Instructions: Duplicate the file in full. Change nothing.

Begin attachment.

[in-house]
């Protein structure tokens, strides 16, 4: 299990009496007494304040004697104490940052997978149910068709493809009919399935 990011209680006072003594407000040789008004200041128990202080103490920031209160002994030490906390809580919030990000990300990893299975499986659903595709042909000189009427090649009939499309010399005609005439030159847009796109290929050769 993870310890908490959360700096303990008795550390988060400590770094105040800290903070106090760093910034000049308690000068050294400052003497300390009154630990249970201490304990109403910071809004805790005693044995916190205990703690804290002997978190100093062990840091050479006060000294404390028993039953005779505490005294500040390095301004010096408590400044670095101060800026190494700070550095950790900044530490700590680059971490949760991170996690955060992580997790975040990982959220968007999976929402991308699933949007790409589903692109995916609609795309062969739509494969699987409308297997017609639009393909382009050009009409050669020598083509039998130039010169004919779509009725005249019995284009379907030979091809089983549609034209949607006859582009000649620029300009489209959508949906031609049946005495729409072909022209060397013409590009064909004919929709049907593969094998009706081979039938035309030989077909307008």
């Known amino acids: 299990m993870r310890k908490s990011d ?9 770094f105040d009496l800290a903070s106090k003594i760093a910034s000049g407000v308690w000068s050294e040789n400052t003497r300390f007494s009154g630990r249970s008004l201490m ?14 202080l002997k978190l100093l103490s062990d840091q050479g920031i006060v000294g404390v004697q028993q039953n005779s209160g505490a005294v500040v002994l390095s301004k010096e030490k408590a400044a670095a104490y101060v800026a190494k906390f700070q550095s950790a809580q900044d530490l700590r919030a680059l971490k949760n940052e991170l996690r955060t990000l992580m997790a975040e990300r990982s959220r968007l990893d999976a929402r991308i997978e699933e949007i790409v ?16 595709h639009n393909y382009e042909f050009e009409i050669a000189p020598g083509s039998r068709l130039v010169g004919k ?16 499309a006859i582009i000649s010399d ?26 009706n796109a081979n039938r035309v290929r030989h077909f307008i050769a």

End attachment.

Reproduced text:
[in-house]
């Protein structure tokens, strides 16, 4: 299990009496007494304040004697104490940052997978149910068709493809009919399935 990011209680006072003594407000040789008004200041128990202080103490920031209160002994030490906390809580919030990000990300990893299975499986659903595709042909000189009427090649009939499309010399005609005439030159847009796109290929050769 993870310890908490959360700096303990008795550390988060400590770094105040800290903070106090760093910034000049308690000068050294400052003497300390009154630990249970201490304990109403910071809004805790005693044995916190205990703690804290002997978190100093062990840091050479006060000294404390028993039953005779505490005294500040390095301004010096408590400044670095101060800026190494700070550095950790900044530490700590680059971490949760991170996690955060992580997790975040990982959220968007999976929402991308699933949007790409589903692109995916609609795309062969739509494969699987409308297997017609639009393909382009050009009409050669020598083509039998130039010169004919779509009725005249019995284009379907030979091809089983549609034209949607006859582009000649620029300009489209959508949906031609049946005495729409072909022209060397013409590009064909004919929709049907593969094998009706081979039938035309030989077909307008």
């Known amino acids: 299990m993870r310890k908490s990011d ?9 770094f105040d009496l800290a903070s106090k003594i760093a910034s000049g407000v308690w000068s050294e040789n400052t003497r300390f007494s009154g630990r249970s008004l201490m ?14 202080l002997k978190l100093l103490s062990d840091q050479g920031i006060v000294g404390v004697q028993q039953n005779s209160g505490a005294v500040v002994l390095s301004k010096e030490k408590a400044a670095a104490y101060v800026a190494k906390f700070q550095s950790a809580q900044d530490l700590r919030a680059l971490k949760n940052e991170l996690r955060t990000l992580m997790a975040e990300r990982s959220r968007l990893d999976a929402r991308i997978e699933e949007i790409v ?16 595709h639009n393909y382009e042909f050009e009409i050669a000189p020598g083509s039998r068709l130039v010169g004919k ?16 499309a006859i582009i000649s010399d ?26 009706n796109a081979n039938r035309v290929r030989h077909f307008i050769a």